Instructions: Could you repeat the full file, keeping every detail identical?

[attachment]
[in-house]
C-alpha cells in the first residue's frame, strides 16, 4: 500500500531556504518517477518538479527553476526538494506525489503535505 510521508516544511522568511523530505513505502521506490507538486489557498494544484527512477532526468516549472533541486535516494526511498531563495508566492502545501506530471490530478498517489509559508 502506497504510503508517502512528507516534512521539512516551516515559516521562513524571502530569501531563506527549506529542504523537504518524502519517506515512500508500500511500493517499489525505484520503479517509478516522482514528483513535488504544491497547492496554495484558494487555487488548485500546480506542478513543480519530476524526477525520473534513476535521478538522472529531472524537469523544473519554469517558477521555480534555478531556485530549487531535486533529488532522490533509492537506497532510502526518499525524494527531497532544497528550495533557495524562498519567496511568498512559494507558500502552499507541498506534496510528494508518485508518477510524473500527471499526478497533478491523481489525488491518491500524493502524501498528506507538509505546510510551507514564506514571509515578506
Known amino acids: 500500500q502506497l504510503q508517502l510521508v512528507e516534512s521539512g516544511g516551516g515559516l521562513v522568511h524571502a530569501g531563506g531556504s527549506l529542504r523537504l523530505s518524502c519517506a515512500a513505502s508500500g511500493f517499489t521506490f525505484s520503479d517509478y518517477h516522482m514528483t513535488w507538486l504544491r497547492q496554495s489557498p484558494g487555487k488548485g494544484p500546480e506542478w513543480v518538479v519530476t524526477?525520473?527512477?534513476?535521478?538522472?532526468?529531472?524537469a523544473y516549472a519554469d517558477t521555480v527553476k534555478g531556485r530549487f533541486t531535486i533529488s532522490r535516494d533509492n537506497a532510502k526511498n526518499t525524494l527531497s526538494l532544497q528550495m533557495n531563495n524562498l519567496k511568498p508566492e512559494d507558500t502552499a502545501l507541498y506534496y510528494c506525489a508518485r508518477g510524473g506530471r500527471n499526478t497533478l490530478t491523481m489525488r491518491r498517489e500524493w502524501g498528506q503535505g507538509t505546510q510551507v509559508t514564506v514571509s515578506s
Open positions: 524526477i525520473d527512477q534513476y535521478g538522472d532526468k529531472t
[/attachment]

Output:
[in-house]
C-alpha cells in the first residue's frame, strides 16, 4: 500500500531556504518517477518538479527553476526538494506525489503535505 510521508516544511522568511523530505513505502521506490507538486489557498494544484527512477532526468516549472533541486535516494526511498531563495508566492502545501506530471490530478498517489509559508 502506497504510503508517502512528507516534512521539512516551516515559516521562513524571502530569501531563506527549506529542504523537504518524502519517506515512500508500500511500493517499489525505484520503479517509478516522482514528483513535488504544491497547492496554495484558494487555487488548485500546480506542478513543480519530476524526477525520473534513476535521478538522472529531472524537469523544473519554469517558477521555480534555478531556485530549487531535486533529488532522490533509492537506497532510502526518499525524494527531497532544497528550495533557495524562498519567496511568498512559494507558500502552499507541498506534496510528494508518485508518477510524473500527471499526478497533478491523481489525488491518491500524493502524501498528506507538509505546510510551507514564506514571509515578506
Known amino acids: 500500500q502506497l504510503q508517502l510521508v512528507e516534512s521539512g516544511g516551516g515559516l521562513v522568511h524571502a530569501g531563506g531556504s527549506l529542504r523537504l523530505s518524502c519517506a515512500a513505502s508500500g511500493f517499489t521506490f525505484s520503479d517509478y518517477h516522482m514528483t513535488w507538486l504544491r497547492q496554495s489557498p484558494g487555487k488548485g494544484p500546480e506542478w513543480v518538479v519530476t524526477?525520473?527512477?534513476?535521478?538522472?532526468?529531472?524537469a523544473y516549472a519554469d517558477t521555480v527553476k534555478g531556485r530549487f533541486t531535486i533529488s532522490r535516494d533509492n537506497a532510502k526511498n526518499t525524494l527531497s526538494l532544497q528550495m533557495n531563495n524562498l519567496k511568498p508566492e512559494d507558500t502552499a502545501l507541498y506534496y510528494c506525489a508518485r508518477g510524473g506530471r500527471n499526478t497533478l490530478t491523481m489525488r491518491r498517489e500524493w502524501g498528506q503535505g507538509t505546510q510551507v509559508t514564506v514571509s515578506s
Open positions: 524526477i525520473d527512477q534513476y535521478g538522472d532526468k529531472t